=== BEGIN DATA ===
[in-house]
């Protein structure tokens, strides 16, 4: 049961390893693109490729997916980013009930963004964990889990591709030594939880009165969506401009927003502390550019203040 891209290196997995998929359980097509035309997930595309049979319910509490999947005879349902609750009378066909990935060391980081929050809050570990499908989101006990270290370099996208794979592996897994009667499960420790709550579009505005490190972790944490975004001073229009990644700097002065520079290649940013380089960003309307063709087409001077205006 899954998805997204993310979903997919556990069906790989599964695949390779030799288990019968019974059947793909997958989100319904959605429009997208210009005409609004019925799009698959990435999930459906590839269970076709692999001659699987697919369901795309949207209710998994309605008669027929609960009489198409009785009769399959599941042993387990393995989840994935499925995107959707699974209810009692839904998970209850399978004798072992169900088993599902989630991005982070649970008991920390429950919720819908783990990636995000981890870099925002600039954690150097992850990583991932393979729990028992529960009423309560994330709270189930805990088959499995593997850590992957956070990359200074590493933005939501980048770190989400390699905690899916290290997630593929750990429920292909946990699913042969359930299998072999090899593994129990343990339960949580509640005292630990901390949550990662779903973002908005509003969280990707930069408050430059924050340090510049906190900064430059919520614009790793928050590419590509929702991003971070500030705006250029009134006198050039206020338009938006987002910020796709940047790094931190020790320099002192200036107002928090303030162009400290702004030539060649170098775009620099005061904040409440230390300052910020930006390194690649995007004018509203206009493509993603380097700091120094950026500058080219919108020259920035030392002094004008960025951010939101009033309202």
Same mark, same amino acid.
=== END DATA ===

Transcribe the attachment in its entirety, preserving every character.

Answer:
[in-house]
């Protein structure tokens, strides 16, 4: 049961390893693109490729997916980013009930963004964990889990591709030594939880009165969506401009927003502390550019203040 891209290196997995998929359980097509035309997930595309049979319910509490999947005879349902609750009378066909990935060391980081929050809050570990499908989101006990270290370099996208794979592996897994009667499960420790709550579009505005490190972790944490975004001073229009990644700097002065520079290649940013380089960003309307063709087409001077205006 899954998805997204993310979903997919556990069906790989599964695949390779030799288990019968019974059947793909997958989100319904959605429009997208210009005409609004019925799009698959990435999930459906590839269970076709692999001659699987697919369901795309949207209710998994309605008669027929609960009489198409009785009769399959599941042993387990393995989840994935499925995107959707699974209810009692839904998970209850399978004798072992169900088993599902989630991005982070649970008991920390429950919720819908783990990636995000981890870099925002600039954690150097992850990583991932393979729990028992529960009423309560994330709270189930805990088959499995593997850590992957956070990359200074590493933005939501980048770190989400390699905690899916290290997630593929750990429920292909946990699913042969359930299998072999090899593994129990343990339960949580509640005292630990901390949550990662779903973002908005509003969280990707930069408050430059924050340090510049906190900064430059919520614009790793928050590419590509929702991003971070500030705006250029009134006198050039206020338009938006987002910020796709940047790094931190020790320099002192200036107002928090303030162009400290702004030539060649170098775009620099005061904040409440230390300052910020930006390194690649995007004018509203206009493509993603380097700091120094950026500058080219919108020259920035030392002094004008960025951010939101009033309202």
Same mark, same amino acid.